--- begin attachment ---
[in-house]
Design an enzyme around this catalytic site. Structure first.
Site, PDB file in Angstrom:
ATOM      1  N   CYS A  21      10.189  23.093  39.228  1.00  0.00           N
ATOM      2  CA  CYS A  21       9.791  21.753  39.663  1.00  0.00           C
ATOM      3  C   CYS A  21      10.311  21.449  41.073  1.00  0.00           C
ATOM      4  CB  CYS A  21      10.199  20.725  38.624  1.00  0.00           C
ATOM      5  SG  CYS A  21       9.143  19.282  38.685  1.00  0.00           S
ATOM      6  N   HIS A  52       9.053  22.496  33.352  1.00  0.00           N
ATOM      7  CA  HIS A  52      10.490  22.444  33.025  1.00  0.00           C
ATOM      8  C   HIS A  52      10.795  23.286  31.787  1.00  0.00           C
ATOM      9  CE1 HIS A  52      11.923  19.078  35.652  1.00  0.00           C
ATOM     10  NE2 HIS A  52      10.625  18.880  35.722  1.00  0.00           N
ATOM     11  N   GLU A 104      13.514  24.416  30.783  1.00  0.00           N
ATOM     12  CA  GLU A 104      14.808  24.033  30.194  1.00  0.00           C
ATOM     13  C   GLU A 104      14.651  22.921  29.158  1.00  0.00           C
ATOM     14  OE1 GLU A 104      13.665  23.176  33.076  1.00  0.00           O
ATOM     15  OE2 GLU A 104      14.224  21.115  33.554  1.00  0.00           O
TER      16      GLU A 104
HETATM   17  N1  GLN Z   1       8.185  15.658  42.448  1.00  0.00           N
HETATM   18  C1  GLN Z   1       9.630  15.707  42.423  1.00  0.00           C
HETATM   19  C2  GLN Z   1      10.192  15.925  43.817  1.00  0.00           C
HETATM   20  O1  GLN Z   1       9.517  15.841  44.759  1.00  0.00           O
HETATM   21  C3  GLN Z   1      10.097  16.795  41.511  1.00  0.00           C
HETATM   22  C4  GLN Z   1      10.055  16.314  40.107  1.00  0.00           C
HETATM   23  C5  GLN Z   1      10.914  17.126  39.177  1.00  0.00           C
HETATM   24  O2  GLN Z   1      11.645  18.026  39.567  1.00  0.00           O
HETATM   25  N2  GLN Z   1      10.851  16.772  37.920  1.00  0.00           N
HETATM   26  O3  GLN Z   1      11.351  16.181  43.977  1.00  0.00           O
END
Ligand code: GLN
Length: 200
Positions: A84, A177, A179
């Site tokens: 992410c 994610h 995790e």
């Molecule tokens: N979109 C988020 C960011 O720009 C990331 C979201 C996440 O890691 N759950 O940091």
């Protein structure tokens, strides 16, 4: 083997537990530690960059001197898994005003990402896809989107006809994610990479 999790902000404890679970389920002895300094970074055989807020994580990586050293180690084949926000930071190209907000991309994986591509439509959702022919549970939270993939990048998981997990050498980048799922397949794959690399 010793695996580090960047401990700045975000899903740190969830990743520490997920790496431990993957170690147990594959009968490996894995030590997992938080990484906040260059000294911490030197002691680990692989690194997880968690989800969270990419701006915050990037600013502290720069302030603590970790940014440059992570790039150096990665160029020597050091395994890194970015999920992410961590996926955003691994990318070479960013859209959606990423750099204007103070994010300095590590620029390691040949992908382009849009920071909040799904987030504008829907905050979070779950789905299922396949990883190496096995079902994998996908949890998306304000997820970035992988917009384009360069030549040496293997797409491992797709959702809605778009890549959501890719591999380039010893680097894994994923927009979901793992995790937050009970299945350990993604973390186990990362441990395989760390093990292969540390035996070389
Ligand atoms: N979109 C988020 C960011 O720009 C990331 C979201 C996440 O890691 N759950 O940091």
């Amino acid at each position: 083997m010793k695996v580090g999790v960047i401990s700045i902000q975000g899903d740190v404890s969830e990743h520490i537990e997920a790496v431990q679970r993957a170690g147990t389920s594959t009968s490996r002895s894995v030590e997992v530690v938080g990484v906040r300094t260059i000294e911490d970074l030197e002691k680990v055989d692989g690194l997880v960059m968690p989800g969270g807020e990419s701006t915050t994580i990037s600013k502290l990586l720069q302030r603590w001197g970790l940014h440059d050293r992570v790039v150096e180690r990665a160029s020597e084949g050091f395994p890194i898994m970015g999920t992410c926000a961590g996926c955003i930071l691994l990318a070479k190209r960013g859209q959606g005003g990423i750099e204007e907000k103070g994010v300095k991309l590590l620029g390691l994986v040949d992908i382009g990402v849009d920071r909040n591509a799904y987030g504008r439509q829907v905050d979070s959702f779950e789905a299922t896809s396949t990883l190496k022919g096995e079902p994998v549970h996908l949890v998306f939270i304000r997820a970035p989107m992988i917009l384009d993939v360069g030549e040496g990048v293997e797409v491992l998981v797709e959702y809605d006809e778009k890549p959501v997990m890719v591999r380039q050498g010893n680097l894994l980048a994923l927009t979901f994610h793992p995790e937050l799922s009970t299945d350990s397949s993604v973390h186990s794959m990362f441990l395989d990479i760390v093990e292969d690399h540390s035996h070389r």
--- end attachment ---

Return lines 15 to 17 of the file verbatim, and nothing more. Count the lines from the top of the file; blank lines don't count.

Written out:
ATOM     12  CA  GLU A 104      14.808  24.033  30.194  1.00  0.00           C
ATOM     13  C   GLU A 104      14.651  22.921  29.158  1.00  0.00           C
ATOM     14  OE1 GLU A 104      13.665  23.176  33.076  1.00  0.00           O